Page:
In a society inundated with laptops, remote controls, food deliveries and even wireless printers, it's not difficult to make a habit of sitting for hours at a time. In fact, we sit for more hours a day than we sleep, averaging 13 hours and 8 hours respectively. Many people don't realize sedentary behavior is so detrimental to our health that health professionals often refer to sitting as the smoking of our generation.

Problems such as not processing enough glucose and lipase - which breaks down fat - and a higher risk of metabolic syndrome - which increases the risk of coronary artery disease, stroke and type II diabetes - are associated with prolonged sedentary behavior. A recent study in the American Journal of Epidemiology found that people who sit more than six hours a day for 15 years have up to 40 percent greater risk of death. These statistics have led endocrinologist James Levine to describe this phenomenon as "sitting disease."

Unfortunately for corporate America, the "disease" is currently affecting more people than ever, as there has been an 83 percent increase in sedentary jobs since 1950 according to the American Heart Association.

Moreover, studies have found that negative effects of sitting are independent of short bursts of vigorous exercise. Though exercise is important to health for a variety of reasons, the relationship between mortality and sedentary behavior is not affected by physical activity levels, according to a 2010 study in the American Journal of Epidemiology. If two people follow the same vigorous exercise regime but one ambles around a shoe store all day and the other has a desk job, the shoe salesman will have a lower risk of heart attack and stroke, said Mayo Clinic cardiologist Martha Grogan. The key is to intersperse activity throughout the day.

In light of this research, employees with desk jobs should look for ways to break up sedentary behavior during the workday. Though pricey ergonomic chairs may ease back pain, standing up and walking around at least a few minutes every hour is most effective toward combatting cardiovascular problems and improving overall health.

"Just get up and take a 10 minute walk," Grogan said. "You probably won't miss anything."

The Price of Improved Office Health

$1,500+

Walk

and Work
Increases physical activity and may help with weight loss

Treadmill desks

"Doctors have shown that people reading images on a treadmill are just as accurate if not more accurate [than people at a desk]," Grogan said.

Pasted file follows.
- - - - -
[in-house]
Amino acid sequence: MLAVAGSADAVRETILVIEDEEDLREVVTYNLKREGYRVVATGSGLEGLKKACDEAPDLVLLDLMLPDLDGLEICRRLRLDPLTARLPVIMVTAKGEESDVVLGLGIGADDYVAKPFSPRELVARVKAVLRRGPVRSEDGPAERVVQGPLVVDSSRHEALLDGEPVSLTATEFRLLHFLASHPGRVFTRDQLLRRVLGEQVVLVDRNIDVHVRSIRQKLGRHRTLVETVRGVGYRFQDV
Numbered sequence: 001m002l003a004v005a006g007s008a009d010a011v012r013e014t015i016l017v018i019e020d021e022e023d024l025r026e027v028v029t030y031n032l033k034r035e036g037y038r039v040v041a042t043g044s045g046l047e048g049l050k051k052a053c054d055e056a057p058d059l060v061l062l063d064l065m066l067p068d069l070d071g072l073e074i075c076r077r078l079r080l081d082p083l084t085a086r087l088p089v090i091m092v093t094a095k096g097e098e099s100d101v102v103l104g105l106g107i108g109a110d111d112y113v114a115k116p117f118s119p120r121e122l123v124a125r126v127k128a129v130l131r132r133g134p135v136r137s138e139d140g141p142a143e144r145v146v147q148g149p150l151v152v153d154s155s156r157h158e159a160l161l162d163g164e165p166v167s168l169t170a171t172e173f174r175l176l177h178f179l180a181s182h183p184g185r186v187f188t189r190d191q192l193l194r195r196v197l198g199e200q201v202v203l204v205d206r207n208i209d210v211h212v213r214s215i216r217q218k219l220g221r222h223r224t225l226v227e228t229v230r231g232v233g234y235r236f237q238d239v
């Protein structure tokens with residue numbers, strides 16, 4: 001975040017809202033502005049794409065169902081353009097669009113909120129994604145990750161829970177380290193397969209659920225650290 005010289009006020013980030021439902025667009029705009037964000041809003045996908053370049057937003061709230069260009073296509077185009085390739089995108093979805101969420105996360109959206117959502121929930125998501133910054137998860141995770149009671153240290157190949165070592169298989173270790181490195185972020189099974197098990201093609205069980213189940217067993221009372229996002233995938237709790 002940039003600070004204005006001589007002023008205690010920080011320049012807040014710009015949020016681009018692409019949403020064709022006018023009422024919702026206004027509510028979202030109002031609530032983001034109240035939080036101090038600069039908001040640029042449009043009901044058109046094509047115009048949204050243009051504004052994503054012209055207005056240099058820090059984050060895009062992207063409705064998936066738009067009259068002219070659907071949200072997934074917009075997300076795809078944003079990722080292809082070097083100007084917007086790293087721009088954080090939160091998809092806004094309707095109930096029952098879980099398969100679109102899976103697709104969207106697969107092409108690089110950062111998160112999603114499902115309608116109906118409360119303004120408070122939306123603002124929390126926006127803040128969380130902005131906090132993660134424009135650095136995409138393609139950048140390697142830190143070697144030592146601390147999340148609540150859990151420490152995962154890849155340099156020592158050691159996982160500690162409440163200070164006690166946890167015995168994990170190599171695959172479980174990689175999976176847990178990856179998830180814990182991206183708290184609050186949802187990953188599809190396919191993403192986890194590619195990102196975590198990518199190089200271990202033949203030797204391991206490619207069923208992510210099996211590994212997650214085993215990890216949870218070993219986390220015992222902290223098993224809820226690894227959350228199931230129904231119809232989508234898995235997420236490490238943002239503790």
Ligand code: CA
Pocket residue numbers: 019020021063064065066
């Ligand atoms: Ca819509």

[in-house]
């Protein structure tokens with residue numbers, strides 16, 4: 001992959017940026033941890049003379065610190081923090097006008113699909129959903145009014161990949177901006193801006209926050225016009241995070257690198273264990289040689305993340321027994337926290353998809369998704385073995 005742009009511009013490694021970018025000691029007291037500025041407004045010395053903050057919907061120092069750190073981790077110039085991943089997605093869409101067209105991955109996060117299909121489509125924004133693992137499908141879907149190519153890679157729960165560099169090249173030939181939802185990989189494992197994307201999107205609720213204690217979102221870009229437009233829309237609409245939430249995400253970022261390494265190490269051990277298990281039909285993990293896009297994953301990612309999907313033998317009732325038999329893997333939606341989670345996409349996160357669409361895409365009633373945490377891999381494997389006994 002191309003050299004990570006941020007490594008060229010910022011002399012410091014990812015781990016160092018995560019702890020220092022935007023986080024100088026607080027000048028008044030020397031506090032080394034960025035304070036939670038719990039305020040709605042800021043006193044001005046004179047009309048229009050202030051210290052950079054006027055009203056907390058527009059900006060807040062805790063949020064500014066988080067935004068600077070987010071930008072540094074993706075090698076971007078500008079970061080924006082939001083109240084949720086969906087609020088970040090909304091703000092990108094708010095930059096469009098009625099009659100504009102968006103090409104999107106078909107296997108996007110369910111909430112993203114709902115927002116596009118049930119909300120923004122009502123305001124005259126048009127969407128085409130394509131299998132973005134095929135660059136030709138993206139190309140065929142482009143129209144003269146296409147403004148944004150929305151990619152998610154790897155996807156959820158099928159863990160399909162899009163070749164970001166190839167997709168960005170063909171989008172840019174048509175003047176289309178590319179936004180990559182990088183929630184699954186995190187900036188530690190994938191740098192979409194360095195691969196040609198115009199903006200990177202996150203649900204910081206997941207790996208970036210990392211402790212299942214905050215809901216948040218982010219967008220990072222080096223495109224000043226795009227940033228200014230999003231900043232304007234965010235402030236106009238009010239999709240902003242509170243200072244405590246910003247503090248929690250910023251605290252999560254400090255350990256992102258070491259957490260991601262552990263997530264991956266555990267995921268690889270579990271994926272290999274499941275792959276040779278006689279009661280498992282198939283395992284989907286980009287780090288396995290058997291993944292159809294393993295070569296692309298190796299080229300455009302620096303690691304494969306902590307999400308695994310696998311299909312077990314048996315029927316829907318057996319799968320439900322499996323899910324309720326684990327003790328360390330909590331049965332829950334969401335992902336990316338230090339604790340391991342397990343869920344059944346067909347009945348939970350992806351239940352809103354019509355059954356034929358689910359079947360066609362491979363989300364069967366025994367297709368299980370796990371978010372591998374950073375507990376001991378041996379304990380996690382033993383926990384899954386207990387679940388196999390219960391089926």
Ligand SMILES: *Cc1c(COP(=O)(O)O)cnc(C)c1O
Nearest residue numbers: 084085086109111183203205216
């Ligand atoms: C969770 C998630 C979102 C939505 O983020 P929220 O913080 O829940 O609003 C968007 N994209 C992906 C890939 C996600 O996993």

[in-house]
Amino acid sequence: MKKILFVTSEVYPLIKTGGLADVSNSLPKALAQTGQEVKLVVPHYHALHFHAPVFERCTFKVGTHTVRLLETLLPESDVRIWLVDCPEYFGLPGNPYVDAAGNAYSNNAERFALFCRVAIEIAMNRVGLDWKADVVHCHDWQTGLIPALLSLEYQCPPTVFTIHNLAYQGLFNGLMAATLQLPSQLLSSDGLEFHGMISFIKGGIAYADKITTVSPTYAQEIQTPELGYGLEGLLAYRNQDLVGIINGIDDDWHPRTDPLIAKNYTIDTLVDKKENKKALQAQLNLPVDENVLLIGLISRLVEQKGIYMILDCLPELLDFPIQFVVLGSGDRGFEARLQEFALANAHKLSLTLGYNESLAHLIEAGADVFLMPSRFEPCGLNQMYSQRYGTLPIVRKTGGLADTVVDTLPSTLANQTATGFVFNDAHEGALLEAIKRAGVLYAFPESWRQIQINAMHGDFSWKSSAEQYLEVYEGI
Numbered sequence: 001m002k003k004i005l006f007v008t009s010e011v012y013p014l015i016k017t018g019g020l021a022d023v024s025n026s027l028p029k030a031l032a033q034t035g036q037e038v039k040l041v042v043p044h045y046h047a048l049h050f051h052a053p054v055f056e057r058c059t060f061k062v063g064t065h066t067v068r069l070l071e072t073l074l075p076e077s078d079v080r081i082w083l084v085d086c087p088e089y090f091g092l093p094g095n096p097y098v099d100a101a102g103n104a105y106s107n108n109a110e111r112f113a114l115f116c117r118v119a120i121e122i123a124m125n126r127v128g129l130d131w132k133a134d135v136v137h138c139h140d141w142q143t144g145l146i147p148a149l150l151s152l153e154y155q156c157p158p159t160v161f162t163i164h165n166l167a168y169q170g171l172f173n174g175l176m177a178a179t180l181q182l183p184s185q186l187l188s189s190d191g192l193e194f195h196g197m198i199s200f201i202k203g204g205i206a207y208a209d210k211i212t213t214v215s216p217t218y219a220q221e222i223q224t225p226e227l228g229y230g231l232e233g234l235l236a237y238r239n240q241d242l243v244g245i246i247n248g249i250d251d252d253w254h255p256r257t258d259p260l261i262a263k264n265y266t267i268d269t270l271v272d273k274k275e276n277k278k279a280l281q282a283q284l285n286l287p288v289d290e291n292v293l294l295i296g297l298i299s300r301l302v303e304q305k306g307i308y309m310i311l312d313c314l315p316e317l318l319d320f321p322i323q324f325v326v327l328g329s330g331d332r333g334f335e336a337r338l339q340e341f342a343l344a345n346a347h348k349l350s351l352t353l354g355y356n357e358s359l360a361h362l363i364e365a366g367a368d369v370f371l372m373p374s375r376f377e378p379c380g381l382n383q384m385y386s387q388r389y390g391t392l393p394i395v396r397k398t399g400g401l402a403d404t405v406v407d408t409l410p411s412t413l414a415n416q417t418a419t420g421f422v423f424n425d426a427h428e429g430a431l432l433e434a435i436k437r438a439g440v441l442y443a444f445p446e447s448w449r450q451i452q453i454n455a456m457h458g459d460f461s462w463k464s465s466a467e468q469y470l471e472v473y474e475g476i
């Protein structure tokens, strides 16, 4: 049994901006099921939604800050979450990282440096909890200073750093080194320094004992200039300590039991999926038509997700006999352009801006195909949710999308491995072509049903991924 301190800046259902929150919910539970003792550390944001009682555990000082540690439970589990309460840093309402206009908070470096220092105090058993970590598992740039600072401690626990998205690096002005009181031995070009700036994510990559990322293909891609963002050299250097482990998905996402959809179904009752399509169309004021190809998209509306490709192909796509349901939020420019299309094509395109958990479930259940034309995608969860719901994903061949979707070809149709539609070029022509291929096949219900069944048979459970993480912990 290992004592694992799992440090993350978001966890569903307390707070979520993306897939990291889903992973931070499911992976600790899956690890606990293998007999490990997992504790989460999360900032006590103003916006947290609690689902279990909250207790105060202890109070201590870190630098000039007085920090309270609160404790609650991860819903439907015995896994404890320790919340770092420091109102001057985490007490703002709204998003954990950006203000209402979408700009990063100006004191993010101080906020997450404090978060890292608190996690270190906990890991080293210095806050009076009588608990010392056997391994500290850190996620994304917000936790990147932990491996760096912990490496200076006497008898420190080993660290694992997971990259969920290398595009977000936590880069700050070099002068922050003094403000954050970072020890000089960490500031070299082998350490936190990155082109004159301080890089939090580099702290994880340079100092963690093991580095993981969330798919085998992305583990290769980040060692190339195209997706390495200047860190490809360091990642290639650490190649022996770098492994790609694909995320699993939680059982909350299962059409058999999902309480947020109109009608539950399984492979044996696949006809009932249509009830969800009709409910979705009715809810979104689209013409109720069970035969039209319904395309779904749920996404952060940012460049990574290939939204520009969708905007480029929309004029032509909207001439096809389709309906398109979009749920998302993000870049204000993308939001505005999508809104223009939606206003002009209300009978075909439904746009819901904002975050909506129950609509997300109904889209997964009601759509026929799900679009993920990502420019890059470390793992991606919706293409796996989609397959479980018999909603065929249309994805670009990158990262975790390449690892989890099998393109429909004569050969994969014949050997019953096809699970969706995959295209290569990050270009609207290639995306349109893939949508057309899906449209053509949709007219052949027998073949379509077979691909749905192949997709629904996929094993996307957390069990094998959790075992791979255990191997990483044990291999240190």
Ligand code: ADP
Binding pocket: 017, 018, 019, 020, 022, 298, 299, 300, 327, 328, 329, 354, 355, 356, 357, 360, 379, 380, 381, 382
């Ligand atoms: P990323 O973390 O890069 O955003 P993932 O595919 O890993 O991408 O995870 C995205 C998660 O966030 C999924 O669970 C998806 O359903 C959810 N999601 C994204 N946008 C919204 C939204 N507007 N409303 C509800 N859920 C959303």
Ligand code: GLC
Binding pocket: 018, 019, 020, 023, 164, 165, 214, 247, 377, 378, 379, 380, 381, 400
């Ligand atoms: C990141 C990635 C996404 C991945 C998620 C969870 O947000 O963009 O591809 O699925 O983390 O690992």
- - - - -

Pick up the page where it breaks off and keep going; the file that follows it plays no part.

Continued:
• Burns 100 more calories per hour compared to sitting
  • Can reduce obesity and health care costs
  • Typically does not hinder work performance

Source: sandraespinetblog.com

$400+

Stand

and Work
Increases metabolic rate and burns calories

Standing desks

"I noticed I could [stand and work] for a long, long time if I just set it up like 'Oh, I'm gonna do this instead of sitting in a chair,'" Grogan said.

  • Stimulates blood flow
  • Breaks down fats
  • Processes blood sugar faster

Source: greenmoxie

$200+

Sit

and Work
Slightly more support but comparable levels of discomfort

Ergonomic chairs

"These chairs are designed to help the onset of low back conditions that not only affect patients' well-being but also workplace productivity," said Kevin McNamara, clinic director of Galt Chiropractic Office.

  • Provides lower back support and minimizes stress on the lumbar spine
  • Assists with good posture
  • Not all studies have found a significant decline in discomfort

Source: gizmag

$20+

Balance

and Work
May burn more calories, but no significant benefits

Stability balls

"Stability balls activate your core muscles," McNamara said. "But if under-inflated they can put stress on those lower back muscles."

  • Does not improve posture or significantly ease discomfort
  • May burn slightly more calories than sitting in a chair
  • May increase core strength

Source: The Organic Beauty

$0

Wander

and Work
Lowers risk of heart attack and stroke

Wander around the office

"Even five to 10 minutes of standing up and breaking up sitting seems to be helpful," Grogan said.

  • Cognitive benefits
  • Activates large standing muscles
  • Results in metabolic and caloric improvements

Source: cdn.blisstree.com